Another significant settlement was made by Purdue Pharma, ordered to pay £6.84billion compensation for its role in the opioid crisis. Several programmes, including Disney’s drama Dopesick, and the Netflix documentary The Pharmacist and drama Painkiller, have been made about the scandal which saw millions become addicted to the opioid oxycontin. Purdue blamed those who were prescribed oxycontin for drug abuse.

According to the Council on Foreign Relations (CFR) the independent think tank based in New York, the opioid epidemic is causing significant economic damage, costing nearly £1.23trillion in 2020. This equals seven per cent of US gross domestic product, an increase of a third since the last measurement in 2017.

Other drug companies involved are the Israeli-based Teva Pharmaceuticals (£7billion fines) which sells medicines for heart disease, pain relief, obesity, cancer, infectious diseases, immunodeficiency viruses and coughs and colds; American AbbVie (£5.85billion) the world’s sixth-largest pharmaceutical company  whose main product is Humira, used to treat autoimmune diseases such as rheumatoid arthritis and Crohn’s, as well as GlaxoSmithKline (£4.61billion), Pfizer (£2.63billion) and Merck (£1.12billion), manufacturer of the HPV vaccine Gardasil blamed for ovarian failure amongst other injuries.

The 15 most lucrative pharmaceutical companies have seen their profits almost double since 2010. They have increased from £63.5billion to £120.4billion and, in 2022, Pfizer became the first drug manufacturer to cross the $100billion (£82.4billion) barrier for revenue.

The study was compiled by ConsumerShield, a company which defends consumer rights. It reports an exact figure of £68.27billion in penalties for more than 500 instances of recorded violations.

‘The juxtaposition of soaring revenues and escalating penalties is alarming,’ remarks Jane Doe, senior analyst at ConsumerShield. ‘But what’s even more disturbing is the obvious disparity between companies’ spending on research and development (R&D), and their enormous marketing budgets.’

The industry’s marketing budgets are excessive, with companies such as AbbVie, Teva, Pfizer and GSK allocating more than £1.64billion each. On average, these companies dedicate 25 per cent to 30 per cent of their R&D budget to marketing efforts.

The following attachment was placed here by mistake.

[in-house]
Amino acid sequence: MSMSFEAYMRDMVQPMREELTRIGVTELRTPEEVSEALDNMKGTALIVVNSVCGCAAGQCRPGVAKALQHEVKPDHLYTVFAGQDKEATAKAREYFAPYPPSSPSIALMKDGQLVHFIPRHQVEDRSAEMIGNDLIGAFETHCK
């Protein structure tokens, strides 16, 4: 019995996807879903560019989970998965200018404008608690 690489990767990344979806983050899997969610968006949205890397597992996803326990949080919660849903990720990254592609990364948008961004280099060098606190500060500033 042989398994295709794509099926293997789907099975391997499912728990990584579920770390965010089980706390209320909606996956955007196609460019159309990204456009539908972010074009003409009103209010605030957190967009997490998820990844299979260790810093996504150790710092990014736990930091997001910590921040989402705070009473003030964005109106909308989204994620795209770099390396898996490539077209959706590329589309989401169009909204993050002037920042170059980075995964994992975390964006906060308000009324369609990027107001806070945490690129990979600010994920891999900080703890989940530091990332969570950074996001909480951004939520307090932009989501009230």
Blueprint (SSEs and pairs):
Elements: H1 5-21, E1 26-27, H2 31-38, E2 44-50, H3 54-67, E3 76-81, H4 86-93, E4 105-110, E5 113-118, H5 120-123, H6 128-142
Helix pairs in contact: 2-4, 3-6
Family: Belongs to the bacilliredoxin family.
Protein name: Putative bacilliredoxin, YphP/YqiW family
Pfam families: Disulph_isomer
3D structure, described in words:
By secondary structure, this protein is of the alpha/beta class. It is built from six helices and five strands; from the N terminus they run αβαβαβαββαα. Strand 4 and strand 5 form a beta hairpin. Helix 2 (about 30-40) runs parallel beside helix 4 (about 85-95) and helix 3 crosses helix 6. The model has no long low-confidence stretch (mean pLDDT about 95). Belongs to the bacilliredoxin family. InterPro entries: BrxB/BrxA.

While several top pharmaceutical companies have augmented their R&D budgets since 2018, those of AbbVie and Teva have seen a decline. ‘A reduction in R&D investments, especially for companies with prior trouble, is undoubtedly a disturbing trend,’ warns Michael Brown, director of research at ConsumerShield.

‘The overemphasis on marketing at the expense of crucial R&D raises serious questions regarding the industry’s commitment to consumer safety and product innovation,’ says Mary Johnson, ConsumerShield’s chief advocacy officer. ‘Reallocating some of these marketing funds to R&D could potentially minimise the necessity for settlements and diminish patient suffering.’

ConsumerShield experts express profound concern over the apparent lack of development and research, juxtaposed with aggressive marketing initiatives. This hints at a severe lack of accountability and empathy for the victims. The companies should come under continued pressure to increase victim compensation and adhere to compliance.

‘We will persist in our advocacy for higher industry standards, urging pharmaceutical companies to prioritise consumer safety, enhance transparency, and allocate more resources to R&D, eventually leading to a reduction in penalties and increased trust,’ says Ms Johnson.

In most cases, the pharmaceutical companies continue to deny any wrongdoing.

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Sally Beck
Sally Beck
Sally Beck is a freelance journalist with 30 years of experience in writing for national newspapers and magazines. She has reported on vaccines since the controversy began with the MMR in 1998.